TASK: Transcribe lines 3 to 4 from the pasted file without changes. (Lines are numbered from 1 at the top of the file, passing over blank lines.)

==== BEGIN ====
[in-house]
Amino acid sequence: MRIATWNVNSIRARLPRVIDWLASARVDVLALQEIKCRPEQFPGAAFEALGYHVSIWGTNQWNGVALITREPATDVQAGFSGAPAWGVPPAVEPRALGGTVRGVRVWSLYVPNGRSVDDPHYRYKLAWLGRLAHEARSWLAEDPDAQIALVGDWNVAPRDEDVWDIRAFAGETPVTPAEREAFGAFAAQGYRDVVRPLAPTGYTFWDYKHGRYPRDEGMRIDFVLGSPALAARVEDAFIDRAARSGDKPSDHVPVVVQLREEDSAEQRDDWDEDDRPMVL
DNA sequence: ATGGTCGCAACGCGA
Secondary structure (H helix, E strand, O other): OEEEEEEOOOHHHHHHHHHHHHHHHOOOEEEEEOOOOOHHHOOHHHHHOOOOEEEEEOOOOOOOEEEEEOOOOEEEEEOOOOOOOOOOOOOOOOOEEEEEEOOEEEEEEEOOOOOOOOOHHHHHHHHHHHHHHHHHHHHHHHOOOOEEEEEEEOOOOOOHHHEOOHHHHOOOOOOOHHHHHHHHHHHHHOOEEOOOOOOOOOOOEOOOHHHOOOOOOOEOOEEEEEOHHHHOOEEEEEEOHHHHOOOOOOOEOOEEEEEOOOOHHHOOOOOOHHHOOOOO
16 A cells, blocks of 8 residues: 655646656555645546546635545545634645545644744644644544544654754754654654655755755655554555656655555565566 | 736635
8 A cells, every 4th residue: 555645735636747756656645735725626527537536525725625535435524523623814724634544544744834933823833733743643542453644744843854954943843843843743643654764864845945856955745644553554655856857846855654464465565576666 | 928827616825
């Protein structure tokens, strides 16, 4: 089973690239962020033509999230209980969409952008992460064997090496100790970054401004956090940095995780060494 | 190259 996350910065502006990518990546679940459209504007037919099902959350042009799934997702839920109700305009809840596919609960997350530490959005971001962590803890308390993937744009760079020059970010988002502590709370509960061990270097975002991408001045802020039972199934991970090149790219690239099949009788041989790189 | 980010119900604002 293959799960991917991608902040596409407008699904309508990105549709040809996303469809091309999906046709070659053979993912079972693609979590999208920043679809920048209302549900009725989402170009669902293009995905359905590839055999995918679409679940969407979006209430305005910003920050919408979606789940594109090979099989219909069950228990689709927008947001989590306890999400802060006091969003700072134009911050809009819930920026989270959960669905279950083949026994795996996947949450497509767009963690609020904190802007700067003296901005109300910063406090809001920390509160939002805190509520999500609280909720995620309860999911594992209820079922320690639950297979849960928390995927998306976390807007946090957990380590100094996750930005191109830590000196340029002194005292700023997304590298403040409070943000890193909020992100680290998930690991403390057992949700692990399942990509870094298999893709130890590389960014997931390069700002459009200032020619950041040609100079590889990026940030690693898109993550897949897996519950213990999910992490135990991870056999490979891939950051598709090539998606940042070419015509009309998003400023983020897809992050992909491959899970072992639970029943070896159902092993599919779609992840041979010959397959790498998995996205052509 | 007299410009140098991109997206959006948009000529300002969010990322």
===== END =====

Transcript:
DNA sequence: ATGGTCGCAACGCGA
Secondary structure (H helix, E strand, O other): OEEEEEEOOOHHHHHHHHHHHHHHHOOOEEEEEOOOOOHHHOOHHHHHOOOOEEEEEOOOOOOOEEEEEOOOOEEEEEOOOOOOOOOOOOOOOOOEEEEEEOOEEEEEEEOOOOOOOOOHHHHHHHHHHHHHHHHHHHHHHHOOOOEEEEEEEOOOOOOHHHEOOHHHHOOOOOOOHHHHHHHHHHHHHOOEEOOOOOOOOOOOEOOOHHHOOOOOOOEOOEEEEEOHHHHOOEEEEEEOHHHHOOOOOOOEOOEEEEEOOOOHHHOOOOOOHHHOOOOO